Historically, automobiles have been bicycle-like contraptions, but their modern forms were developed in the mid-Victorian era. Early electric cars were heavy and slow. They were eventually replaced by gasoline-powered vehicles.
The term “automobile” came from the Greek prefix “auto” and the Latin word “mobilis”. Modern automobiles are usually four-wheeled and run on an internal combustion engine. Typically, they are designed to carry two to six passengers.
They are also used to transport goods. Heavy vehicles, like big trucks, use diesel fuel. Other fuels include propane, natural gas, and gasoline. In some countries, a mixture of ethanol and gasoline is called gasohol.
Modern automobiles are extremely complex technical systems. They employ thousands of component parts. They also have a steering system, an ignition system, a suspension system, and an emission-control system. These systems help automobile manufacturers improve their performance and safety. They also allow automobile manufacturers to split the market into smaller segments.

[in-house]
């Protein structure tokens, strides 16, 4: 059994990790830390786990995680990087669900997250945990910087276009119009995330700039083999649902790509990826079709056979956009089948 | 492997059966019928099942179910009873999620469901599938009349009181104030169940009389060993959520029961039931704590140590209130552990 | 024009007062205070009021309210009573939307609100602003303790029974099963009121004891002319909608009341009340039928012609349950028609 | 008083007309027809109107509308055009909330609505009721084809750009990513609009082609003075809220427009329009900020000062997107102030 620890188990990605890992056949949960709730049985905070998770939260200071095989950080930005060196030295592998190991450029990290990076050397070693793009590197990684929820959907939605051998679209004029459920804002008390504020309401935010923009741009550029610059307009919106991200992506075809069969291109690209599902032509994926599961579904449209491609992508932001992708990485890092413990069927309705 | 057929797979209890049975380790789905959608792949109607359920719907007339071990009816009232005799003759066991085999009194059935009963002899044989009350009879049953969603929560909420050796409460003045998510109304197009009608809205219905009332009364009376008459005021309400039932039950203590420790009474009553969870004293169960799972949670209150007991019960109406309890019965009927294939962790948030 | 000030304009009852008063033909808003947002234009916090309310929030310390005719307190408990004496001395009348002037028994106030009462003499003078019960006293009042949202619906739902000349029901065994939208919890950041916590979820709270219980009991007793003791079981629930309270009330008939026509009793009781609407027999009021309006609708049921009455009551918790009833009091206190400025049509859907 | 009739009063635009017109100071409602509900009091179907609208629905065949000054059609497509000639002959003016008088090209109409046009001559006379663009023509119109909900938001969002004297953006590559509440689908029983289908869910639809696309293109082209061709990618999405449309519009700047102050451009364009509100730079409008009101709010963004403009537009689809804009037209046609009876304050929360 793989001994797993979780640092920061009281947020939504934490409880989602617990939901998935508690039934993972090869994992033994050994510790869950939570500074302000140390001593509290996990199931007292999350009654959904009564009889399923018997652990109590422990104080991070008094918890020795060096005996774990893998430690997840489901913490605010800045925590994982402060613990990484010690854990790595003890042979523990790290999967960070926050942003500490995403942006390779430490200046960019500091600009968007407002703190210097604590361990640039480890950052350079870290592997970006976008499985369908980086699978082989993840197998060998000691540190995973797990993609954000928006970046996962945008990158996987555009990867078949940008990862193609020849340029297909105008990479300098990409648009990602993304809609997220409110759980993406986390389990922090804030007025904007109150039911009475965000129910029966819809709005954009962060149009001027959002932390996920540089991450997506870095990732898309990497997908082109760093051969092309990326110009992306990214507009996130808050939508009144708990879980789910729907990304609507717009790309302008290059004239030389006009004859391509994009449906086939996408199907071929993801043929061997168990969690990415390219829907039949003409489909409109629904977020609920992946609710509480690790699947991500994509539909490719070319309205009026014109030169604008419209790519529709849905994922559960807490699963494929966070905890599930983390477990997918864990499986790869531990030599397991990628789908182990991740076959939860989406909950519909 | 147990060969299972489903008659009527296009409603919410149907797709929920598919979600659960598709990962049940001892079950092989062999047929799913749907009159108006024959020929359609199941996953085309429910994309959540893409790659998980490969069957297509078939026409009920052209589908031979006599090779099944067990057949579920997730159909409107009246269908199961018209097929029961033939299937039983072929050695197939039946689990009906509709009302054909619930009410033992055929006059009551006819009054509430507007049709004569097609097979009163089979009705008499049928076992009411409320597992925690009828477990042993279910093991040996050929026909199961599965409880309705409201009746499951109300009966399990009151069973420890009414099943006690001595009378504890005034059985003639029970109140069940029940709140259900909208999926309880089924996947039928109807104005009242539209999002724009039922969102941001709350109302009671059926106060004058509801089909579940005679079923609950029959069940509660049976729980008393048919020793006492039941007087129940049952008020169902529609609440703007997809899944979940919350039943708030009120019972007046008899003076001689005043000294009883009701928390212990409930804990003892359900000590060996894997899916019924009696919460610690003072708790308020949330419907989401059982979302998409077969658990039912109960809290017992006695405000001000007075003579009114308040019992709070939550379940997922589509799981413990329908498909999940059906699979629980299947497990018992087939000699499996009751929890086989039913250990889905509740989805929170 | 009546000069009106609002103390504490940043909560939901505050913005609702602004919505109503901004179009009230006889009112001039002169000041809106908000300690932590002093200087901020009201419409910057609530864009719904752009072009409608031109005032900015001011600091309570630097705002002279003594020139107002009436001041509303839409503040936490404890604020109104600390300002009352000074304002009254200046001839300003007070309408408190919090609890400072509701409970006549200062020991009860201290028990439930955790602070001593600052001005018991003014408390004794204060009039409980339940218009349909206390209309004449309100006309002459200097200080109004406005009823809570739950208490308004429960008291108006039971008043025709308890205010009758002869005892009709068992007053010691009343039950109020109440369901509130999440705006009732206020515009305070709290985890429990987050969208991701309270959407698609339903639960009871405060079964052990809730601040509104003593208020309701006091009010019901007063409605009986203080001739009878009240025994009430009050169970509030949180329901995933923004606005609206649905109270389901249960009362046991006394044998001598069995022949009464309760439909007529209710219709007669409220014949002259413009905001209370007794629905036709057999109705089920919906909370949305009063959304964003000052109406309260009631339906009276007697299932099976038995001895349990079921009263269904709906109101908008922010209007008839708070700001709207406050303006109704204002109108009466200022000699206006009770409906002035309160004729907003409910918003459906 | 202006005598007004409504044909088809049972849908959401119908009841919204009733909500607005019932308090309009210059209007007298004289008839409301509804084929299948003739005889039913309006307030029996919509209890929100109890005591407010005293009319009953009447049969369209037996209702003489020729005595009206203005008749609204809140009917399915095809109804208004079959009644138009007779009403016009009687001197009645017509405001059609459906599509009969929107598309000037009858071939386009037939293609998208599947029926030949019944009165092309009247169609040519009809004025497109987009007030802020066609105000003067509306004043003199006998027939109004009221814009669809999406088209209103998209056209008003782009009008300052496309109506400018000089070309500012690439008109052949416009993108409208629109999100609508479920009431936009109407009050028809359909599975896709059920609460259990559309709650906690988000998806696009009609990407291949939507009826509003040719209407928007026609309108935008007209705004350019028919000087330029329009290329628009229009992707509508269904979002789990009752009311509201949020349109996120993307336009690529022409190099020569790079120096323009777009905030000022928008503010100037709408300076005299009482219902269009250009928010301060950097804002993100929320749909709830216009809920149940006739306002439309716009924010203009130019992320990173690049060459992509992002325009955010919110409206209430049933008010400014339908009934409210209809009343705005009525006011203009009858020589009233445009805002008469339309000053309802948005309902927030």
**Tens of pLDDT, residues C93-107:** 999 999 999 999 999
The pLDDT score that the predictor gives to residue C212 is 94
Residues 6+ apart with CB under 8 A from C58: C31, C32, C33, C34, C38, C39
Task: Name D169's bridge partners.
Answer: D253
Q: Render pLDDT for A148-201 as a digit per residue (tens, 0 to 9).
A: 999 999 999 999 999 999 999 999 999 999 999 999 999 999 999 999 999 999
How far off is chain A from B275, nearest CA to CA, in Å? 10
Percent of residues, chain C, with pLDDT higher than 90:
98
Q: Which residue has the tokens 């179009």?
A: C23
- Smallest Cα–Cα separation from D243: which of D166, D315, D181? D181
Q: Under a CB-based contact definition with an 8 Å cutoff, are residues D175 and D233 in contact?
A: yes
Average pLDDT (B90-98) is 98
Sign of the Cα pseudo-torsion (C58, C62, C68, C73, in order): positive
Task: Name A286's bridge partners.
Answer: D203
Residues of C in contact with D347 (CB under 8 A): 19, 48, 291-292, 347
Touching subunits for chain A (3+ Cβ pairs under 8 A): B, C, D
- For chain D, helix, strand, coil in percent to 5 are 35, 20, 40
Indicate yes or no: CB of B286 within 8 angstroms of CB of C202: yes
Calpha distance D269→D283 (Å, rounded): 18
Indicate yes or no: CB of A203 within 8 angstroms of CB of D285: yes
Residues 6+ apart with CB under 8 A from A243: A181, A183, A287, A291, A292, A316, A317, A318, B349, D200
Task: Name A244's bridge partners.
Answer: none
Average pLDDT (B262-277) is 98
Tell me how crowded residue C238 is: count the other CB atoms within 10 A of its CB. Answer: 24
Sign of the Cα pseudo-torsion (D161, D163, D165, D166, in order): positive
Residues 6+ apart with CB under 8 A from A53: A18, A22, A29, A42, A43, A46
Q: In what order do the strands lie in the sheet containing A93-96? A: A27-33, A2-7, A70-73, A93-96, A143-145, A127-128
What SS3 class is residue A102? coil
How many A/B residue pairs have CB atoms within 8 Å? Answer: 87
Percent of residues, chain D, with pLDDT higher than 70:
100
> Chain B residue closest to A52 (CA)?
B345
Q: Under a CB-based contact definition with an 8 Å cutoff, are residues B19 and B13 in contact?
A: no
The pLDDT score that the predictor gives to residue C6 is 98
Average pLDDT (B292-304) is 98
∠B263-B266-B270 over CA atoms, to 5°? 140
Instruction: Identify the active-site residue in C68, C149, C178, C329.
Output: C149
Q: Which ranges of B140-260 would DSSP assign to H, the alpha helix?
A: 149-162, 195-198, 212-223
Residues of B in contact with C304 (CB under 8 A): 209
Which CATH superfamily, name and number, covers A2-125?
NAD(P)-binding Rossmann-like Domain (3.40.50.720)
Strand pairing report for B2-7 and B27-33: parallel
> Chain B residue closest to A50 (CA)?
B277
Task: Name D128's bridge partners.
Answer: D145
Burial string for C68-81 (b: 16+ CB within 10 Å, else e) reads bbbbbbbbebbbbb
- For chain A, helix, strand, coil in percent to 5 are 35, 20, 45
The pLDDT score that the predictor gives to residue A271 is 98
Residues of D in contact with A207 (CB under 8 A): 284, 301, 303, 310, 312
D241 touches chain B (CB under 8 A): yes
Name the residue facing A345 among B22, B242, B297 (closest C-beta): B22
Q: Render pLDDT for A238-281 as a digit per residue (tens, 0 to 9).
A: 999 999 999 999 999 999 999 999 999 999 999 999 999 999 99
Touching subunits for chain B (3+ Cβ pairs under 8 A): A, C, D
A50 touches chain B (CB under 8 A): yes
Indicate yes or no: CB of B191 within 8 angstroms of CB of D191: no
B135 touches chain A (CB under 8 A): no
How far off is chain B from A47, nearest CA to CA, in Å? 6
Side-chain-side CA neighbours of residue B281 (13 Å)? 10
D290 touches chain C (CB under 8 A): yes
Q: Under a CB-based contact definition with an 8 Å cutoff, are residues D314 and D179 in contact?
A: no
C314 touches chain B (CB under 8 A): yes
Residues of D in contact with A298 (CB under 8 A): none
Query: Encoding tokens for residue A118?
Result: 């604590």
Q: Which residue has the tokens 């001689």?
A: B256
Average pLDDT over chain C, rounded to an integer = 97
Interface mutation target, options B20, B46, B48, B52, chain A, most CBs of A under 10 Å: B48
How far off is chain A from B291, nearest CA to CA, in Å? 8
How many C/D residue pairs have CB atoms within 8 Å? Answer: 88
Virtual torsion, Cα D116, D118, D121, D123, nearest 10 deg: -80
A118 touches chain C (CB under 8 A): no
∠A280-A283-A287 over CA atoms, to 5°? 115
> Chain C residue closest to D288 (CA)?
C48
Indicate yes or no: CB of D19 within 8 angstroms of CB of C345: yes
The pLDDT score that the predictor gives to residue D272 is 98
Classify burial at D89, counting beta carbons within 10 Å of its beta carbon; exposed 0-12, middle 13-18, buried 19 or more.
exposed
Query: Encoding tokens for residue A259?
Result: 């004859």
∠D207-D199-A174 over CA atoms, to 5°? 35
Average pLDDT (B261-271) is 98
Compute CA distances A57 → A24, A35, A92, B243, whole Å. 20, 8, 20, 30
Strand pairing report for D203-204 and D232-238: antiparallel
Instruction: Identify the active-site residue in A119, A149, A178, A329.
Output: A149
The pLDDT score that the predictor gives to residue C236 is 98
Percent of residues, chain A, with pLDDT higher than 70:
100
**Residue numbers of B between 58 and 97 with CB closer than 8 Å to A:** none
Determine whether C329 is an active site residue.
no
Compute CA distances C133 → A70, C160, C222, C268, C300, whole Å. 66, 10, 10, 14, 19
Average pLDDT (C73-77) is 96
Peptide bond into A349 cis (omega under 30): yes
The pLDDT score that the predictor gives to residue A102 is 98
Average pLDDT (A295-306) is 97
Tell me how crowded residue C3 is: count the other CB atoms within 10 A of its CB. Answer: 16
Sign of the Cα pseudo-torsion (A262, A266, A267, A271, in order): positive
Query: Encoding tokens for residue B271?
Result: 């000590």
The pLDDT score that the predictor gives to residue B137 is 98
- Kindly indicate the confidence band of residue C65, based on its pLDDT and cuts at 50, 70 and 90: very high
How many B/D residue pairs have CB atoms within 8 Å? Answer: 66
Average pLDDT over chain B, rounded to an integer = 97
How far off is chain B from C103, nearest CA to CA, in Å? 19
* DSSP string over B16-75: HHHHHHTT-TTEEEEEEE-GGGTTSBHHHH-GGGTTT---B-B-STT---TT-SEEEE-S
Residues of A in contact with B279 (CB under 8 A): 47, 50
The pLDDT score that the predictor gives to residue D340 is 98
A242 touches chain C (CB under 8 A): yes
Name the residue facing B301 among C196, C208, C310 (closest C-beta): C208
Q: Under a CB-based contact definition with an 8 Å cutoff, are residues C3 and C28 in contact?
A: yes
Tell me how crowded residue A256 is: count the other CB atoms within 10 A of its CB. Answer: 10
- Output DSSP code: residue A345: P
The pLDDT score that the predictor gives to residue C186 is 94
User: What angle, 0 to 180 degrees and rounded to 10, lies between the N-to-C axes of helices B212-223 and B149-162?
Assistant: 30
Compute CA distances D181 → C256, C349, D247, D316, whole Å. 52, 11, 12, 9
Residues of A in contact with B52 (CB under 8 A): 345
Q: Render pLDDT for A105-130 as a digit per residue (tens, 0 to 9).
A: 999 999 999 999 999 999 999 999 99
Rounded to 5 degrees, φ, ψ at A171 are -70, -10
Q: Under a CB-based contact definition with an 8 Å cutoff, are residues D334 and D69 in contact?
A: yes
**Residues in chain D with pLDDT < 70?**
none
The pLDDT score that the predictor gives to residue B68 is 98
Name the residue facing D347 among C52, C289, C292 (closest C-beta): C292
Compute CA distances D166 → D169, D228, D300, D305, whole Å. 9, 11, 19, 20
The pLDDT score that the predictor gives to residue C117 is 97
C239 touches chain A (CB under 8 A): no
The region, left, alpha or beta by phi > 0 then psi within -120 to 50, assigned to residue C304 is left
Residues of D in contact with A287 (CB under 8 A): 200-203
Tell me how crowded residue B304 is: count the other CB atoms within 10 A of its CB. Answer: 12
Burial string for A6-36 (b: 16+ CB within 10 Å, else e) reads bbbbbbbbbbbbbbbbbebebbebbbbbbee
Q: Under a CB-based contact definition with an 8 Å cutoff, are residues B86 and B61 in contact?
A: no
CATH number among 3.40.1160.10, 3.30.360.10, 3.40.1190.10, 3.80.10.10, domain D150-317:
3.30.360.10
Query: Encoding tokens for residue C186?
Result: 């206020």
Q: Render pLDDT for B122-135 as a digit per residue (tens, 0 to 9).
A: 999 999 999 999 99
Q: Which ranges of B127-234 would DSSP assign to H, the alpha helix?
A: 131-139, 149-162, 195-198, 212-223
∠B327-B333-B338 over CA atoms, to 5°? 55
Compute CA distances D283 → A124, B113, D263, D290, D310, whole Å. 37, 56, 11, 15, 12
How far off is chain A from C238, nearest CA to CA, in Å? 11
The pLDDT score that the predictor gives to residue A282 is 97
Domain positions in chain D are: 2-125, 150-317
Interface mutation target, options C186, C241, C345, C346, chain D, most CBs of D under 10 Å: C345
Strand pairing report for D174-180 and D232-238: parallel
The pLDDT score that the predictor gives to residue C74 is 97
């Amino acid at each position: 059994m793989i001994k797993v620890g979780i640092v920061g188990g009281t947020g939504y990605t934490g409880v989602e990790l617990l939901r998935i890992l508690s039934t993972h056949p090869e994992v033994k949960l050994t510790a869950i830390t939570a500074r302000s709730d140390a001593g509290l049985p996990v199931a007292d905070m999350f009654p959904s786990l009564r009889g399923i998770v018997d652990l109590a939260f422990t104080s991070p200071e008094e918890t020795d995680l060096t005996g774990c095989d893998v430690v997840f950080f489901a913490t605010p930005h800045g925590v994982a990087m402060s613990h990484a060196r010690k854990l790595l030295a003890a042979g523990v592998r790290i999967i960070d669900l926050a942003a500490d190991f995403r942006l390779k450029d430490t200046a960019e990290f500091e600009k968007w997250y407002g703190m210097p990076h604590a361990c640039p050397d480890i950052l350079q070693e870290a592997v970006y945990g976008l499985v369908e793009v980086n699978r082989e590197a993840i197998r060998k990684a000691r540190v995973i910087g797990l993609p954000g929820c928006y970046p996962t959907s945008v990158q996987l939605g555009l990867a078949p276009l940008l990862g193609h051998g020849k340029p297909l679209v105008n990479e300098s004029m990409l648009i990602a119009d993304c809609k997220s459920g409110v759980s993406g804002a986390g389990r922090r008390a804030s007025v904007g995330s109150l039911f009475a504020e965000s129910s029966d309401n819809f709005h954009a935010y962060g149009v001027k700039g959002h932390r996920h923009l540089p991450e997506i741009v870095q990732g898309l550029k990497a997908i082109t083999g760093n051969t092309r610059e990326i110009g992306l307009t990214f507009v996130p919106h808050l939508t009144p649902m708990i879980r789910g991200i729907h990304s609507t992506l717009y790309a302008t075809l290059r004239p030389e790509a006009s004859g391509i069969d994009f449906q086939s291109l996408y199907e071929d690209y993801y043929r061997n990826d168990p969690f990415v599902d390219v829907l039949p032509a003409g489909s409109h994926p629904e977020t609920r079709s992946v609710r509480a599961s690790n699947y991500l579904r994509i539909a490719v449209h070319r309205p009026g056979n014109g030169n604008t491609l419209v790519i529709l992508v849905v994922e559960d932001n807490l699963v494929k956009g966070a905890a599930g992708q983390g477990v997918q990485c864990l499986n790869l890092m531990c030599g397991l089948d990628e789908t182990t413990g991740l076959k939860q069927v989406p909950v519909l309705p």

In the early 20th century, most automobiles used a four-cycle engine. They also had a chain-and-sprocket drive. This was not as convenient as the steam engine. Steam engines were also heavy. They could not go very fast, and they were hard to control.
The gasoline-powered automobile was introduced into the United States in 1910. It became affordable to middle-class families. This encouraged economic development, and the demand for automobiles grew in the United States.
In the 1950s, the United States began to manufacture more automobiles. Mass production of automobiles helped build the infrastructure that connected cities and suburbs. The demand for automobiles was also driven by higher per capita incomes.